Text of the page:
Gyms are wonderful places to exercise, but they can also be great places for germs. Germs can spread as far as six feet (two meters) through droplets released in the air by coughs or sneezes, and can remain in the air on tiny droplets -- ready to be breathed in.
All too often, we begin an exercise program but quickly quit. Change doesn't happen all at once, nor does it happen at the same rate for different people. Starting at the right pace is important, and knowing your fitness level, or state of readiness, is key to finding the exercise plan that's right for you.
The benefits of regular exercise and good physical fitness for everyone have become well known in the past 50 years. So, how do these benefits apply to you?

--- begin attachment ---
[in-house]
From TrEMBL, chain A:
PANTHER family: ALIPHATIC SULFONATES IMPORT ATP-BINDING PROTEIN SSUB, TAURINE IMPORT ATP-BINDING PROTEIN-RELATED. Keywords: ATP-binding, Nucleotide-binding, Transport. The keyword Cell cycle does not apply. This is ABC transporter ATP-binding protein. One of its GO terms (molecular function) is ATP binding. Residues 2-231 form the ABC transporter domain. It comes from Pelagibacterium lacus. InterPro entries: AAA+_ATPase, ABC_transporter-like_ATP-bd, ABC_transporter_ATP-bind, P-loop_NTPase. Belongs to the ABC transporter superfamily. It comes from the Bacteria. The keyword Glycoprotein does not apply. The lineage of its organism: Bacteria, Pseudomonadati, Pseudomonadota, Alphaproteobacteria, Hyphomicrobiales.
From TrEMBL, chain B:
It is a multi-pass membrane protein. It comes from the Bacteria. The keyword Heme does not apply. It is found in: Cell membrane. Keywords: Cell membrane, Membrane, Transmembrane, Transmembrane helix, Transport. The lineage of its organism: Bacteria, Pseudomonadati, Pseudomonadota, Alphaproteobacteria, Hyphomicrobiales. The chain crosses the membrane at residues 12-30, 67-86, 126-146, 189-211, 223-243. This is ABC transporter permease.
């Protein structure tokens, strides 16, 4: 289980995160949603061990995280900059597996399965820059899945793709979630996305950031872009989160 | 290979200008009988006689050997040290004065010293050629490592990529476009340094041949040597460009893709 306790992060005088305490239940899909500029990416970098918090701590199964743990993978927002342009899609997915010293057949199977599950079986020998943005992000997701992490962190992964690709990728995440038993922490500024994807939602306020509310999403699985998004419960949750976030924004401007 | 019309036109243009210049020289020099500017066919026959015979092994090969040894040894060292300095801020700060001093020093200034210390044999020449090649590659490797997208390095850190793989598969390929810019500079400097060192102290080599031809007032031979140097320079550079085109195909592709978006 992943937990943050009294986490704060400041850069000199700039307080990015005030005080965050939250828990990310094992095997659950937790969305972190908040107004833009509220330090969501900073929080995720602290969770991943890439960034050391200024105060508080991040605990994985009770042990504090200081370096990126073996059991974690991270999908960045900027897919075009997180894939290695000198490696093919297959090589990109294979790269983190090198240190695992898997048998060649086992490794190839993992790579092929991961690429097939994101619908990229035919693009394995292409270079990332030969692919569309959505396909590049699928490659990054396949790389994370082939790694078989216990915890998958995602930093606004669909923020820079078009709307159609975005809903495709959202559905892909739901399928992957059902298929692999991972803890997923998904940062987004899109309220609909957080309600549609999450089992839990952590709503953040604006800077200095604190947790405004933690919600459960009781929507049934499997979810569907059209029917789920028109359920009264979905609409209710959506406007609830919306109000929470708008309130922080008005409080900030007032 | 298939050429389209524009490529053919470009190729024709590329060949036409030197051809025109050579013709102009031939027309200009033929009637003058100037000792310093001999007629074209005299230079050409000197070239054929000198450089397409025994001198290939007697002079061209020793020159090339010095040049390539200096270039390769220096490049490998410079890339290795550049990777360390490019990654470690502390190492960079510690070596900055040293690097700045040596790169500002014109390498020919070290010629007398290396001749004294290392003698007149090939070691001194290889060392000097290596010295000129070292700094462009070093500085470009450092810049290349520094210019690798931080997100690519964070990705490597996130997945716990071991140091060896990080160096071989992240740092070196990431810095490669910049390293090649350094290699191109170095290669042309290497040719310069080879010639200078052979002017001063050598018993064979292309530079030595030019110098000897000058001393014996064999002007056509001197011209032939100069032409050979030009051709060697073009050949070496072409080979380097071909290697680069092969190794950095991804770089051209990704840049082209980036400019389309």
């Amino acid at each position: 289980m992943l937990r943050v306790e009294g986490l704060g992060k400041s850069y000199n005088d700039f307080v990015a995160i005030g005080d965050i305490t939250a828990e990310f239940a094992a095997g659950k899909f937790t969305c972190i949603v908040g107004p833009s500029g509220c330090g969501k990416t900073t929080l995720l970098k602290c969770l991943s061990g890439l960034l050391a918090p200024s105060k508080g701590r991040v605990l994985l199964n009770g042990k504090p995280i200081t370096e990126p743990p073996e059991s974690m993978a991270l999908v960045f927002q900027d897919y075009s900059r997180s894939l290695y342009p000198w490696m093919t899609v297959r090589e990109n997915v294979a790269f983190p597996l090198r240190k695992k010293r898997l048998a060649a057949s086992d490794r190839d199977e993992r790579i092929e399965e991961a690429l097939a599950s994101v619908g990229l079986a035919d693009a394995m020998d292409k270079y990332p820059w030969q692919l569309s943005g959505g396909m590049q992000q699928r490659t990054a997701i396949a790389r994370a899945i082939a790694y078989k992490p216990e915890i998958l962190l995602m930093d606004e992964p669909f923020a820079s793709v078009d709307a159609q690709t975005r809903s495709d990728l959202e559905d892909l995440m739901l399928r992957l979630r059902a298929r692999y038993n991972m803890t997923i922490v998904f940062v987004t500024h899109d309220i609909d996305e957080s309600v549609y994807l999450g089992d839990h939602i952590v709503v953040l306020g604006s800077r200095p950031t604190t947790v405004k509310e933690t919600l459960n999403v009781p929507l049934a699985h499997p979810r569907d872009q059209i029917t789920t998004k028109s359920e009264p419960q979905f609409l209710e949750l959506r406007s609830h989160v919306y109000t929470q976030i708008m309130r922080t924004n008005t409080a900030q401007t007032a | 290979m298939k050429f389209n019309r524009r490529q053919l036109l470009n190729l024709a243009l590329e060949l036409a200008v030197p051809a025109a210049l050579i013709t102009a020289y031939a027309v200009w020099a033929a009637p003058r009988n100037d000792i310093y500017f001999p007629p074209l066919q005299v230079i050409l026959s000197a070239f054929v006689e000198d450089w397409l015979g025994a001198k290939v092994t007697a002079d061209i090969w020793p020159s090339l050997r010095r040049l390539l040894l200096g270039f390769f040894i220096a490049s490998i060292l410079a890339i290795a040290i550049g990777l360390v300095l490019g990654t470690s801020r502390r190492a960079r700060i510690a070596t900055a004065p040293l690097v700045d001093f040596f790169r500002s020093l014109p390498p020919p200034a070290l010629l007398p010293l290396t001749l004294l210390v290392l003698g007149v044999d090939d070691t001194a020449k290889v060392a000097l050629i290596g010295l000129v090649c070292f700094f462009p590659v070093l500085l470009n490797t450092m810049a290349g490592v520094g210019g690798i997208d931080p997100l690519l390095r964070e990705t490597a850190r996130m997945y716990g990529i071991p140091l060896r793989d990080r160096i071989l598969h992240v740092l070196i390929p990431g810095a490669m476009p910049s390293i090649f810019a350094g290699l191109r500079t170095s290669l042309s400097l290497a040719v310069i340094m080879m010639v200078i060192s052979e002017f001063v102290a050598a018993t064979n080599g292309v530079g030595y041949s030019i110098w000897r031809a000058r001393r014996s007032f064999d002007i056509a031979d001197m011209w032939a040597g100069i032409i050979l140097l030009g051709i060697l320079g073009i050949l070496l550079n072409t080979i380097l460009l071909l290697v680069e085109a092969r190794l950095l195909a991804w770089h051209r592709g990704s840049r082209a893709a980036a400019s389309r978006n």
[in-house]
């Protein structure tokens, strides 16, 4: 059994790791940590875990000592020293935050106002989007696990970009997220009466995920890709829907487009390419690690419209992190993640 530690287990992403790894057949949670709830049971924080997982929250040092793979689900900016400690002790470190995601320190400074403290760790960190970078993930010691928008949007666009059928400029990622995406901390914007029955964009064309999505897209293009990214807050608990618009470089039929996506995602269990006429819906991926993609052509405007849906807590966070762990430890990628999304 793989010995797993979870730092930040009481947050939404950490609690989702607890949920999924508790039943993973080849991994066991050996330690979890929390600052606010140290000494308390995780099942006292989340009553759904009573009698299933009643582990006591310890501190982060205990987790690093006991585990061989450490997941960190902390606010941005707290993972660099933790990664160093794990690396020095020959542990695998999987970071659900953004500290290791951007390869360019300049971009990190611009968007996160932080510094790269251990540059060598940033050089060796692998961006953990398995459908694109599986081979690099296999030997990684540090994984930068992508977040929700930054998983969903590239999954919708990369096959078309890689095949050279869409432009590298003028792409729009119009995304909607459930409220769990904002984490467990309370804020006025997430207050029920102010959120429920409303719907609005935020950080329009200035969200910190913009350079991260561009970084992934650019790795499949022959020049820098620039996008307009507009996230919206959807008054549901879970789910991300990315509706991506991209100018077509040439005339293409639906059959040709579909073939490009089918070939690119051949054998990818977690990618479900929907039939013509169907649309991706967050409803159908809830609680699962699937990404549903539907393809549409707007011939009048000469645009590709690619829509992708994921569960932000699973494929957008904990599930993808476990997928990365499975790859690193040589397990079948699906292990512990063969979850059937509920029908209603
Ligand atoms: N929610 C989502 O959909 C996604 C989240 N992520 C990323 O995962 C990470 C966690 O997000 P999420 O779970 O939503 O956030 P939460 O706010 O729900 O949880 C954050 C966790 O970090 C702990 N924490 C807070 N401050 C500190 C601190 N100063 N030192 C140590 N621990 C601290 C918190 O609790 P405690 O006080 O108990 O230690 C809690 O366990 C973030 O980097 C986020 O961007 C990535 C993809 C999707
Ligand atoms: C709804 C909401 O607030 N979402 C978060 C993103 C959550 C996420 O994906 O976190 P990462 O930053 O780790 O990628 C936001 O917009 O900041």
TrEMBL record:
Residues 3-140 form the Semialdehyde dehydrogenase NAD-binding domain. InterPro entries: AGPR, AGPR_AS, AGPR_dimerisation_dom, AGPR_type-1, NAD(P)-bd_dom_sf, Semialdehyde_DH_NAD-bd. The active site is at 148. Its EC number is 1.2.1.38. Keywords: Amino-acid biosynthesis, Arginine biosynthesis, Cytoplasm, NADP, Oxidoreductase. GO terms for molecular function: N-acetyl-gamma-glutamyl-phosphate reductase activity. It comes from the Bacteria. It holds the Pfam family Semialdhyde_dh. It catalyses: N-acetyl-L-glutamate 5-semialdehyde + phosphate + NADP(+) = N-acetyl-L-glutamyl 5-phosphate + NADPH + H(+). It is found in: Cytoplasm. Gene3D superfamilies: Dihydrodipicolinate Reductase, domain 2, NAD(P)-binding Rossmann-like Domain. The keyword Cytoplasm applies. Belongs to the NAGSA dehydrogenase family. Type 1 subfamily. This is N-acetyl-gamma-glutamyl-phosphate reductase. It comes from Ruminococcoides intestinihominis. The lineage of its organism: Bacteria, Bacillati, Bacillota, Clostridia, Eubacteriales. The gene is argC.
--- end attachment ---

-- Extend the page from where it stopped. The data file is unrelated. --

If your child has cystic fibrosis, chances are you have some concerns about school fitness activities like physical education classes or school sports teams. Even though some people with CF have trouble breathing and tire easily, exercise can be especially important.
Individuals with cystic fibrosis and other chronic diseases often have a “hidden” loss of muscle mass, despite normal body weight and BMI. Increasing your protein intake and exercising regularly are easy ways to preserve muscle mass.